Now let's look into ICustomPropertyValueProvider interface. Custom properties only are useful when they carry meaningful values. In reality, the custom properties could be populated in many ways: manually, or most desirably , automatically with data from production data source, such as project management database, document management system...So, once we have a way to attach custom properties to a drawing, there should be some kind of mechanism to populate custom properties. Since the data used for custom properties could from very different types of source, such as databases, XML file, text file, Excel sheet, or web/WCF services, it is important to define an interface for populating custom properties, so that the code that actually populates custom properties does not have to be changed when data source changes. Hence the ICustomPropertyValueProvider interface. In my case, I want to manually populate the custom properties by using a dialog box to get user inputs. So, I create a class CustomPropertyValueManualProvider, which implements ICustomPropertyValueProvider:

Code Snippet
  1. using System.Collections.Generic;
  2.  
  3. namespace DwgCustomProps
  4. {
  5.     public interface ICustomPropertyValueProvider
  6.     {
  7.         Dictionary<string, object> GetCustomPropertyValues(string fileName,
  8.             CustomProperties customProps);
  9.     }
  10.  
  11.     public class CustomPropertyValueManualProvider :
  12.         ICustomPropertyValueProvider
  13.     {
  14.         public Dictionary<string, object> GetCustomPropertyValues(
  15.             string fileName,
  16.             CustomProperties customProps)
  17.         {
  18.             Dictionary<string, object> props = null;
  19.  
  20.             using (dlgMyProperties dlg = new dlgMyProperties())
  21.             {
  22.                 dlg.SetGridView(customProps);
  23.                 if (Autodesk.AutoCAD.ApplicationServices.
  24.                     Application.ShowModalDialog(dlg) ==
  25.                     System.Windows.Forms.DialogResult.OK)
  26.                 {
  27.                     props = dlg.MyPropertyValues;
  28.                 }
  29.             }
  30.  
  31.             return props;
  32.         }
  33.     }
  34. }

There is no need to pay much attention on how the dialog box is designed to get user input here. All we need to know is that calling ICustomPropertyValueProvider.GetCustomPropertyValues() method would return a Dictionary object with each custom property's name as key. Notice that the method takes a file name as one of the input parameters. I assume data used for custom properties can be identified from the data source by drawing's file name in many cases. If drawings in an office are managed in some sort of document management system, such as Vault, SharePoint, then drawing might be identified by particular identifier other than file name.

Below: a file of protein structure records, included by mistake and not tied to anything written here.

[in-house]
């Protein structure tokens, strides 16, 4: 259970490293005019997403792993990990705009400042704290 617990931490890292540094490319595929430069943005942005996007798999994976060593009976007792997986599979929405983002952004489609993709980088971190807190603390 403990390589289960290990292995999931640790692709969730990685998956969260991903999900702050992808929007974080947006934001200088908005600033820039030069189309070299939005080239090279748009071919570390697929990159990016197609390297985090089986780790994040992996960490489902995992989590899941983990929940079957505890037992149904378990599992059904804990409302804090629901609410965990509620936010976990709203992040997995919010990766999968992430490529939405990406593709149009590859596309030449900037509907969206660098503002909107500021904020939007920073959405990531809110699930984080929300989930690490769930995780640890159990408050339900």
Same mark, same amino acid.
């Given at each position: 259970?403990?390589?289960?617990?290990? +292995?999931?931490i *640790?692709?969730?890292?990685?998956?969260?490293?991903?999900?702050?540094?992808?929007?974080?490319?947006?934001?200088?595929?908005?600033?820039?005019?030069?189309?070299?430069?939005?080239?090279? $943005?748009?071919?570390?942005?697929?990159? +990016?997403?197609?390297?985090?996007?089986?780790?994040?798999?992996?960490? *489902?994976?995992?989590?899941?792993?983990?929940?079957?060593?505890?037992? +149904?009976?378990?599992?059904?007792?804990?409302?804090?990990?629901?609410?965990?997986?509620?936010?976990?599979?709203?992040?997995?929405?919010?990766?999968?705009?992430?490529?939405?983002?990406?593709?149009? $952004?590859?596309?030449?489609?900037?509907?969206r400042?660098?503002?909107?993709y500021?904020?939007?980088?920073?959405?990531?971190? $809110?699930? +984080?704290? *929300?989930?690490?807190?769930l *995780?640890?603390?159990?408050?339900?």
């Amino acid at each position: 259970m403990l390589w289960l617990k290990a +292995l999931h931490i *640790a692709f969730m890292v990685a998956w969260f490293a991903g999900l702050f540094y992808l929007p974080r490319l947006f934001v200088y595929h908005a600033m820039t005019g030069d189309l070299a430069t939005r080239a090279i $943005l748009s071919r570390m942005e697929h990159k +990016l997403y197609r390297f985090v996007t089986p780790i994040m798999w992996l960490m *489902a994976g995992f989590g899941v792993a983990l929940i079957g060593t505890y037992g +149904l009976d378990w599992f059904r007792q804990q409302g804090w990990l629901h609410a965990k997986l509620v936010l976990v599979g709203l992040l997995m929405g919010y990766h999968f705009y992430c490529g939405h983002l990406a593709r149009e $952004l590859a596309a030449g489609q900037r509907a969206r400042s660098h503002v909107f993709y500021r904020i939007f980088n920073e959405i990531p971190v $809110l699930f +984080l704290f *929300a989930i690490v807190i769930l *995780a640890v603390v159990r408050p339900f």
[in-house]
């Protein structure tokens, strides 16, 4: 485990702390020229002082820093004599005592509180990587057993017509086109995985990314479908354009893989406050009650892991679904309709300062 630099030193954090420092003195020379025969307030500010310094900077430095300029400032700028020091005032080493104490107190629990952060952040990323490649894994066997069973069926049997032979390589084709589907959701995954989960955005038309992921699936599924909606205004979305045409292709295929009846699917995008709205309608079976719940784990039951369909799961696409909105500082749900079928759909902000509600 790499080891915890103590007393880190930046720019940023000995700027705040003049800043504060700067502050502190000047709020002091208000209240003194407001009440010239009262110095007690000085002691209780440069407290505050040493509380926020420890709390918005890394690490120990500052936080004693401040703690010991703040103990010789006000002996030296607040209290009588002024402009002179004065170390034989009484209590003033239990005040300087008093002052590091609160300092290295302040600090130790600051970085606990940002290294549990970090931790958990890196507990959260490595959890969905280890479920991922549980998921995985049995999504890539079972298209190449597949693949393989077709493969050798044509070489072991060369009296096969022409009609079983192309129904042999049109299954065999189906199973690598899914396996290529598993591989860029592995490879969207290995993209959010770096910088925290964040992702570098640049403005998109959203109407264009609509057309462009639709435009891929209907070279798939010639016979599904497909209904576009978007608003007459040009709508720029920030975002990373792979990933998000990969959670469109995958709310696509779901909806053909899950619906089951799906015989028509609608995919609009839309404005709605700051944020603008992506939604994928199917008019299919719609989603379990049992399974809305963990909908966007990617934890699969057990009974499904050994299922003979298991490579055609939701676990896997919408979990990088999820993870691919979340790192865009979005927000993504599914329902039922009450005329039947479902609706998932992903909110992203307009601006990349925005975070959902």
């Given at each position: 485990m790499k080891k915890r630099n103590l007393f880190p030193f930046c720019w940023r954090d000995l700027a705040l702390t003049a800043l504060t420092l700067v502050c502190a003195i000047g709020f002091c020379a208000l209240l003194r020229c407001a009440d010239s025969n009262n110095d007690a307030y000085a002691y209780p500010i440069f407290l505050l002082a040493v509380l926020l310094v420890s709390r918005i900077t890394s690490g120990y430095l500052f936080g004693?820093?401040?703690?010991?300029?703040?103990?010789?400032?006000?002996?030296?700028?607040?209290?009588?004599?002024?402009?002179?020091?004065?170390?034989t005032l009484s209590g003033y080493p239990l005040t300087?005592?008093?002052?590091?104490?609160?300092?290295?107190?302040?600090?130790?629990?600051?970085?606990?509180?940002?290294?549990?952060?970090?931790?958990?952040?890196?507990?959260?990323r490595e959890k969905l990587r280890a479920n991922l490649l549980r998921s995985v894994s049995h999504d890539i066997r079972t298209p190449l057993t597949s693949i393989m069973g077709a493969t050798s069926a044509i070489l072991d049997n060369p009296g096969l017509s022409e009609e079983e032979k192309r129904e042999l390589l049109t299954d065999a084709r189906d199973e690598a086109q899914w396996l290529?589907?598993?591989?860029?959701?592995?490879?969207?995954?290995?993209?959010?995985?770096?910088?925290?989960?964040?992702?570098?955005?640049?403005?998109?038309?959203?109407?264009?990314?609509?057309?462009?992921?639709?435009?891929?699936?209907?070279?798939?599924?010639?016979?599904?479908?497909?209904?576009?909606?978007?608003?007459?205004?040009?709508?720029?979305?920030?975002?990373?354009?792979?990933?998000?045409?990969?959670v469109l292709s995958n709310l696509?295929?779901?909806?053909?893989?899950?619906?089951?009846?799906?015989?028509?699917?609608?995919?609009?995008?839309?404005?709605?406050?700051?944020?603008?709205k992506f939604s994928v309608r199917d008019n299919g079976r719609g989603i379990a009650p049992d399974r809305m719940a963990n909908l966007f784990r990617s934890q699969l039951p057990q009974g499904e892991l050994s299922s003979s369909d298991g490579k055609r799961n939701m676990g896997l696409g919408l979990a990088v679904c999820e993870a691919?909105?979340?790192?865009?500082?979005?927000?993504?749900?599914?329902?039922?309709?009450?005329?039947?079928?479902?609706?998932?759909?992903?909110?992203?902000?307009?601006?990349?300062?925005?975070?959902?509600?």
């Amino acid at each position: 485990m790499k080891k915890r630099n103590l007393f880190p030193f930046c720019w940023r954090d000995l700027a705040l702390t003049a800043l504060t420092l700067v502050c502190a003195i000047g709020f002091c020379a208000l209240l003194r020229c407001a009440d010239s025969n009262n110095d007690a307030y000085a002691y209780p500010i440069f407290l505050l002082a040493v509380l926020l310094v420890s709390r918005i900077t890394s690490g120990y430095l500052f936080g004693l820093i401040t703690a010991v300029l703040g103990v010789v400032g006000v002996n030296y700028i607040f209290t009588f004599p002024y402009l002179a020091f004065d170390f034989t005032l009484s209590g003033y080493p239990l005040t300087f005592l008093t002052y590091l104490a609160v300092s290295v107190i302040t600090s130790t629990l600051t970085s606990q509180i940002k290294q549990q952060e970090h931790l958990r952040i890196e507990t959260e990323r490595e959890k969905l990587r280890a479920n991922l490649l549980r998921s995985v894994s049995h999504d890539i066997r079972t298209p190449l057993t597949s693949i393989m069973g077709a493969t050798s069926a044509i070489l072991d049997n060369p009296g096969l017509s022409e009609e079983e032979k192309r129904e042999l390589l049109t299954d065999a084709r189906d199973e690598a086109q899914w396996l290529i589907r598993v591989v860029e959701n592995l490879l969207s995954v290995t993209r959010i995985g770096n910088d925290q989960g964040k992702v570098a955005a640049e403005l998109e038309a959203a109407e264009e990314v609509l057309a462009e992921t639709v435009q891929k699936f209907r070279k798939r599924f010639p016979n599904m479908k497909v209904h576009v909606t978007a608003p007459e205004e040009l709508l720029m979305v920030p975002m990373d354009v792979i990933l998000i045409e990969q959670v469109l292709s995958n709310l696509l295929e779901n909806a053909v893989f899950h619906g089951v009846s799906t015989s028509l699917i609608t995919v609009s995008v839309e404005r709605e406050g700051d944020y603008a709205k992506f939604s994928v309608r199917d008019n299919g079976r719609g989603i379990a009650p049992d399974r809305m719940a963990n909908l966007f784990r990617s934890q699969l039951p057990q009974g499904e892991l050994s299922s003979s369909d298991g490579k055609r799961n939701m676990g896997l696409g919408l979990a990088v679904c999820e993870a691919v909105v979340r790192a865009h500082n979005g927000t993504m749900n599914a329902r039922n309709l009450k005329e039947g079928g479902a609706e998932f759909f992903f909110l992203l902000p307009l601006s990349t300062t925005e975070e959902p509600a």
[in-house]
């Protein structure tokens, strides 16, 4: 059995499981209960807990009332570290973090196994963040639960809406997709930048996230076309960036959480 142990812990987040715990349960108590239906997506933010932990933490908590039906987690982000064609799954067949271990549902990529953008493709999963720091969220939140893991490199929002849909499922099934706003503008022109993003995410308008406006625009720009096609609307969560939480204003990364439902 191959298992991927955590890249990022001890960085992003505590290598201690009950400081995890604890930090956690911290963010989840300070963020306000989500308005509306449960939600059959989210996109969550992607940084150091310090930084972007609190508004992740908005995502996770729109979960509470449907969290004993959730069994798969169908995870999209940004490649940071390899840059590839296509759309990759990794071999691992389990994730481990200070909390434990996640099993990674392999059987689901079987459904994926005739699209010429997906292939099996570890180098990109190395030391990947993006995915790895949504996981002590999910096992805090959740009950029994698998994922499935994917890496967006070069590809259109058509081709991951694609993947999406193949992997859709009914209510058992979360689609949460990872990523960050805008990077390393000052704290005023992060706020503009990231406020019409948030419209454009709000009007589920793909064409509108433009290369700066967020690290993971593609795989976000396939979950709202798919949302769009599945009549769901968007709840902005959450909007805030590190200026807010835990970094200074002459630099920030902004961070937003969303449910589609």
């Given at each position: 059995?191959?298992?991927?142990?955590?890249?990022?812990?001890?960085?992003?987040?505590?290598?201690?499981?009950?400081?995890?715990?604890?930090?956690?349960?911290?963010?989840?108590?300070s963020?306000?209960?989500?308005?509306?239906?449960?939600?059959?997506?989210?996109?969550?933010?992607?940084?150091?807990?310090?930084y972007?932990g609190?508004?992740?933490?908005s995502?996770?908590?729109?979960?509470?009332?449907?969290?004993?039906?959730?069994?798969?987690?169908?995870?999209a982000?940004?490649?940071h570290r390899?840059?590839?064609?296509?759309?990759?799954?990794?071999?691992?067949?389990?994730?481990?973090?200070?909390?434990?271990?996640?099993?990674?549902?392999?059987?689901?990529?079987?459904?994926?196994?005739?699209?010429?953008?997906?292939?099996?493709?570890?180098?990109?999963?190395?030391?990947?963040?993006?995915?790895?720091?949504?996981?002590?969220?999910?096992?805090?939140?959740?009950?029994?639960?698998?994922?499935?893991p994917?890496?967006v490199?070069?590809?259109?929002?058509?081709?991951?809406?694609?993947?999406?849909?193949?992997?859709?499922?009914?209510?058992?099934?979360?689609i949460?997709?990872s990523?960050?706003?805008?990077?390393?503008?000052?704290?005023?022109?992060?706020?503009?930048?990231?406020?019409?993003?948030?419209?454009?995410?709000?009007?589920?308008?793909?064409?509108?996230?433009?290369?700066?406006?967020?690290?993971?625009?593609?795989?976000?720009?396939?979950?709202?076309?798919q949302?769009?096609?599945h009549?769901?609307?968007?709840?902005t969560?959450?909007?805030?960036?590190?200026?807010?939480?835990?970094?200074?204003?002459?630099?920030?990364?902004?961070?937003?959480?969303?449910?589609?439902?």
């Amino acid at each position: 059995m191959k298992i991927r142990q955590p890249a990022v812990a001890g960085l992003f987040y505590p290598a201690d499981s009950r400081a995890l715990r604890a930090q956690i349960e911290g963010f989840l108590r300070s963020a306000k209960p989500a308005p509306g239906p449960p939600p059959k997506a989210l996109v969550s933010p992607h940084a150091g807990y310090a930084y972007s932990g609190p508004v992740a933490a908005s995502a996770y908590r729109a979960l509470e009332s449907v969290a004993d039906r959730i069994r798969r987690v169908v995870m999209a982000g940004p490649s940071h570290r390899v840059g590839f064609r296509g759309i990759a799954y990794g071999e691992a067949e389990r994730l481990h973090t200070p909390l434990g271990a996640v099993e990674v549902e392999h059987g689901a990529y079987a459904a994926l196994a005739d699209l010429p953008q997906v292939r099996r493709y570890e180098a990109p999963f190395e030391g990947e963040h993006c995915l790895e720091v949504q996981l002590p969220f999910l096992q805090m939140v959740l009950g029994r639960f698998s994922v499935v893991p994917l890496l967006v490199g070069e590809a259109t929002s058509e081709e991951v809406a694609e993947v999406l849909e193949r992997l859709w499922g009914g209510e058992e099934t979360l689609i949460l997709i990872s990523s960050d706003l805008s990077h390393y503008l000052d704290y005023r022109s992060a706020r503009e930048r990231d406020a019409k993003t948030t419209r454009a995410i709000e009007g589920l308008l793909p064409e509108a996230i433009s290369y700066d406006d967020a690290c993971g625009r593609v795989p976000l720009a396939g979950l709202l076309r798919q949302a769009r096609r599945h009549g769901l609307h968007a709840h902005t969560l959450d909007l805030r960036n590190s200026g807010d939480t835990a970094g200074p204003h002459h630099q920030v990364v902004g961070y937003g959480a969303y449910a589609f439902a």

Obviously, if you want to populate custom properties with data from certain data source other than manual input, say, from SharePoint drawing library, you just need to create a class that implements ICustomPropertyValueProvider (you could call it CustomPropertyValueSharePointProvider). You then write code in the class's GetCustomPropertyValues() method to grab data from SharePoint drawing library. Whatever you do here, there is no need to change code in MyDrawingProperties to update custom property values (by calling its ApplyCustomProperties(ICustomPropertyValueProvider provider) method).

Here is a video clip to show how the code works in AutoCAD.

Download source code here.

4 comments:

B-) Jolley said...

This seems like you might be able to help me. I want to know how I can add new custom drawing props in the middle of a long list of them I have without deleting and reinserting them all. Is that possible through code?

Anonymous said...


thank you for u good work, pls can u put that file in downloadable

Norman Yuan said...

Source code is now downloadable. It was originally a Visual Studio 2010 solution. I have converted it to Visual Studio 2012 solution, since I do not use Visual Studio 2010 any more.

Anonymous said...

thank you so much

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After graduating from university, I worked as civil engineer for more than 10 years. It was AutoCAD use that led me to the path of computer programming. Although I now do more generic business software development, such as enterprise system, timesheet, billing, web services..., AutoCAD related programming is always interesting me and I still get AutoCAD programming tasks assigned to me from time to time. So, AutoCAD goes, I go.